Rob: This is an active topic of discussion. We appreciate how powerful the concept can be and hope we can find a way to implement it before too long. There are serious challenges in the design approach to take and the need to make it work portably.
There was a discussion a while ago about collecting some best-of-breed
database/sql drivers in a more central place.
Some people had strong opinions to the contrary though.
database/sql and its drivers going in the next year?
Brad: While we could create an official subrepo (“go.db”) for database drivers, we fear that would unduly bless certain drivers. At this point we’d still rather see healthy competition between different drivers. The SQLDrivers wiki page lists some good ones.
database/sql package didn’t get much attention for a while, due to lack of
drivers. Now that drivers exist, usage of the package is increasing and and
correctness and performance bugs are now being reported (and fixed). Fixes will
continue, but no major changes to the interface of
database/sql are planned.
There might be small extensions here and there as needed for performance or to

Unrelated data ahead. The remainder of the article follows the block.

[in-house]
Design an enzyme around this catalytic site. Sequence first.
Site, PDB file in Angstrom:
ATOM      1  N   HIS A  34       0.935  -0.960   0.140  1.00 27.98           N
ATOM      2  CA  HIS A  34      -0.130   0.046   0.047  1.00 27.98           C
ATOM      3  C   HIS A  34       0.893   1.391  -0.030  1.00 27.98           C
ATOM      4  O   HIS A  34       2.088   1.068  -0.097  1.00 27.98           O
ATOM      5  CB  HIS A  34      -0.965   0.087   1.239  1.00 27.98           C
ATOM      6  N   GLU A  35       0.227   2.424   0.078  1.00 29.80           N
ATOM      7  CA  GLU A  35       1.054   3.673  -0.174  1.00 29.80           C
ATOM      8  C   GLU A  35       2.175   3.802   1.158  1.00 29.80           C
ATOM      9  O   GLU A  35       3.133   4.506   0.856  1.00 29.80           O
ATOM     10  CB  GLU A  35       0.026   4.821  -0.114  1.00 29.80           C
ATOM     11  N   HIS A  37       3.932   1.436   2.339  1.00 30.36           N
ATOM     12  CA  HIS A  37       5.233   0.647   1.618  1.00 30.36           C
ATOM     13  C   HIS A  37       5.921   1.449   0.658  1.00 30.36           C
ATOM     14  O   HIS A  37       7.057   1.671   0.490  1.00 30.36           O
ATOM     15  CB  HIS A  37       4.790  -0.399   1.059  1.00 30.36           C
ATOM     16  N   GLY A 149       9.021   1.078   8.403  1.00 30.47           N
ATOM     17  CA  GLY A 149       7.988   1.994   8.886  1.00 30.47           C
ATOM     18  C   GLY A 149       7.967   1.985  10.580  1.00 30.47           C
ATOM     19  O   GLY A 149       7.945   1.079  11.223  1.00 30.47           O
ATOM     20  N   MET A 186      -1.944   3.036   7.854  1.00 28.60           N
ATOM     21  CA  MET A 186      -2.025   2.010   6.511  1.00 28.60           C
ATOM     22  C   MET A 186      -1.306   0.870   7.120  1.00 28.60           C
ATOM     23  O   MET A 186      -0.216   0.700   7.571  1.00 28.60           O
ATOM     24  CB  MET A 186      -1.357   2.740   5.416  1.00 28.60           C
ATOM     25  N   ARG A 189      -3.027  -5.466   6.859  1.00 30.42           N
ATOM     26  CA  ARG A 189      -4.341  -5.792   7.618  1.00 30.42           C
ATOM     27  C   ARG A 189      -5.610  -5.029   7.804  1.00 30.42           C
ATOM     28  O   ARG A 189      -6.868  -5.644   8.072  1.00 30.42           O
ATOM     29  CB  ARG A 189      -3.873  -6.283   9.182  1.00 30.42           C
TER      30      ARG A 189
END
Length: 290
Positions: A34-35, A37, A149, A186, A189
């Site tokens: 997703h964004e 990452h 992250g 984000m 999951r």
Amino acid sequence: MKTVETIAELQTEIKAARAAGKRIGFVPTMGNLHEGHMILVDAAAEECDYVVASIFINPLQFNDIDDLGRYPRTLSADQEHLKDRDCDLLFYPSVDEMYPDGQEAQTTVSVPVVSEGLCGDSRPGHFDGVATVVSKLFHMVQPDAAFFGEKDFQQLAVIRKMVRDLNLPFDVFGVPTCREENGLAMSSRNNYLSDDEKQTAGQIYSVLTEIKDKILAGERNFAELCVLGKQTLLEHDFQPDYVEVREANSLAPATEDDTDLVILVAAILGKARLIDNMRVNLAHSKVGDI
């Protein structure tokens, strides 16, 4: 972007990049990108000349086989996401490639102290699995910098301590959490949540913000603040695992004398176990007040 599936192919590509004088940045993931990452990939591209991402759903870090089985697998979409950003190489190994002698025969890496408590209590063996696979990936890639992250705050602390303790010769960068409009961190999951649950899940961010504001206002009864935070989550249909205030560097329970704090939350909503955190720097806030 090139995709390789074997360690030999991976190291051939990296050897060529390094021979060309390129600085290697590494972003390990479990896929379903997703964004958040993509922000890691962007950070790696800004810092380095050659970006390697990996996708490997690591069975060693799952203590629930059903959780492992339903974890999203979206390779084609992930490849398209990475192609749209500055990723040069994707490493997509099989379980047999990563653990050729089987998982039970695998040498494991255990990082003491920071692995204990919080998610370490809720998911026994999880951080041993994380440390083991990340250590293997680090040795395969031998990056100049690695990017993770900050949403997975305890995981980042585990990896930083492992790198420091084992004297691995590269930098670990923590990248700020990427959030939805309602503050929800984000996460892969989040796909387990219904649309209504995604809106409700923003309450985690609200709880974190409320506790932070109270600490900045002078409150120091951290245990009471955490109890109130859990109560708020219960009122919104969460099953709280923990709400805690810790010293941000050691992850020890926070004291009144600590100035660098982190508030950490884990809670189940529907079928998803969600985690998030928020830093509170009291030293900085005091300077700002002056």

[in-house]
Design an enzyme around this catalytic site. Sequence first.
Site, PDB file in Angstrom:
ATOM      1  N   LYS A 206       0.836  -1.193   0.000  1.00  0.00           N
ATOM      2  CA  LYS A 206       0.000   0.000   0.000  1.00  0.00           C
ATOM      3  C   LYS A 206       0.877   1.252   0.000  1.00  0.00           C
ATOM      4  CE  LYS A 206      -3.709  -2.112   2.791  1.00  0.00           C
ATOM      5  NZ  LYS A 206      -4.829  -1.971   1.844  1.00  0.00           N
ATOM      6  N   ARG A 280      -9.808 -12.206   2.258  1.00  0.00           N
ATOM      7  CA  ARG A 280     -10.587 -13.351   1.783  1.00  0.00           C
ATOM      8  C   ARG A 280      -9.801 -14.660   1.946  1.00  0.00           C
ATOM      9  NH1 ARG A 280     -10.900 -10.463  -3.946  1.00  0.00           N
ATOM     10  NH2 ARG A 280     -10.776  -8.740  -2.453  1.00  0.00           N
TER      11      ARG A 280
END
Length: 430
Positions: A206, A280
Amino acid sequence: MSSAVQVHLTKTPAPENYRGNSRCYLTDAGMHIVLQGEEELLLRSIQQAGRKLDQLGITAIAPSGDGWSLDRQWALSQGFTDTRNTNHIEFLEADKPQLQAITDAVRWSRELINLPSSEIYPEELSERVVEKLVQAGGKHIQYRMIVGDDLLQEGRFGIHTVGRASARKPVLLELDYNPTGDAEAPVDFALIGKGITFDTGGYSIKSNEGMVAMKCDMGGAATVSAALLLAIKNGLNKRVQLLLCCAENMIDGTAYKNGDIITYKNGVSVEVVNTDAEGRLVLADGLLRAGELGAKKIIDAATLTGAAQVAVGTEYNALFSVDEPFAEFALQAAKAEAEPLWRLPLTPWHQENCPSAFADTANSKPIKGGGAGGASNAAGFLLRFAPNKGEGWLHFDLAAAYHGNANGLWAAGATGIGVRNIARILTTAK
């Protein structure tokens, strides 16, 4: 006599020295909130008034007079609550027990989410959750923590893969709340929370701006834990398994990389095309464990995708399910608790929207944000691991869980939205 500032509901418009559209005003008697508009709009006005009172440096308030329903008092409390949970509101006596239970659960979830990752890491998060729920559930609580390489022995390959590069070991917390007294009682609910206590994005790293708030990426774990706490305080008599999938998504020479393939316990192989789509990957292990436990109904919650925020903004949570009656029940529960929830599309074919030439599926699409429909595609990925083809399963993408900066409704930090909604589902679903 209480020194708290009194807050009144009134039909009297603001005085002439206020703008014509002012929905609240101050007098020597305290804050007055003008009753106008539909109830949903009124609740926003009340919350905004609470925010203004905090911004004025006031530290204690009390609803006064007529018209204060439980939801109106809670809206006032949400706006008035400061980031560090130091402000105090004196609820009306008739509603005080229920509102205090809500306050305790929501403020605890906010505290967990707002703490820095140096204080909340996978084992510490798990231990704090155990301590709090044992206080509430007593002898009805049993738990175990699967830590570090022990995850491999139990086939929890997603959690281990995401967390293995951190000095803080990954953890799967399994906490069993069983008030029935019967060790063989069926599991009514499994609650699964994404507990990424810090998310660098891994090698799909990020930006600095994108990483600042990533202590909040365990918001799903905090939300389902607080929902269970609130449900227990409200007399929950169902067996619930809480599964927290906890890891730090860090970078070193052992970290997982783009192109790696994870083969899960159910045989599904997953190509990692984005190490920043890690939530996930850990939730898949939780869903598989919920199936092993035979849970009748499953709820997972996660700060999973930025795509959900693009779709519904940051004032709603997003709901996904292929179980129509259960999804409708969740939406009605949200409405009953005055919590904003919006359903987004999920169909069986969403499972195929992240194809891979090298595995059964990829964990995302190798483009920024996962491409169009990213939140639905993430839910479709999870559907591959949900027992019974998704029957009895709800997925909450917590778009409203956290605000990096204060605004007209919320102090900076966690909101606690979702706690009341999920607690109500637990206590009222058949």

assist some drivers.
What is the status of versioning? Is importing some code from github a best practice recommended by the Go team? What happens when we publish our code that is dependent on a github repo and the API of the dependee changes?
Ian: This is frequently discussed on the mailing list. What we do internally is take a snapshot of the imported code, and update that snapshot from time to time. That way, our code base won't break unexpectedly if the API changes. But we understand that that approach doesn’t work very well for people who are themselves providing a library. We’re open to good suggestions in this area. Remember that this is an aspect of the tools that surround the language rather than the language itself; the place to fix this is in the tools, not the language.
What about Go and Graphical User Interfaces?
Rob: This is a subject close to my heart. Newsqueak, a very early precursor language, was designed specifically for writing graphics programs (that's what we used to call apps). The landscape has changed a lot but I think Go's concurrency model has much to offer in the field of interactive graphics.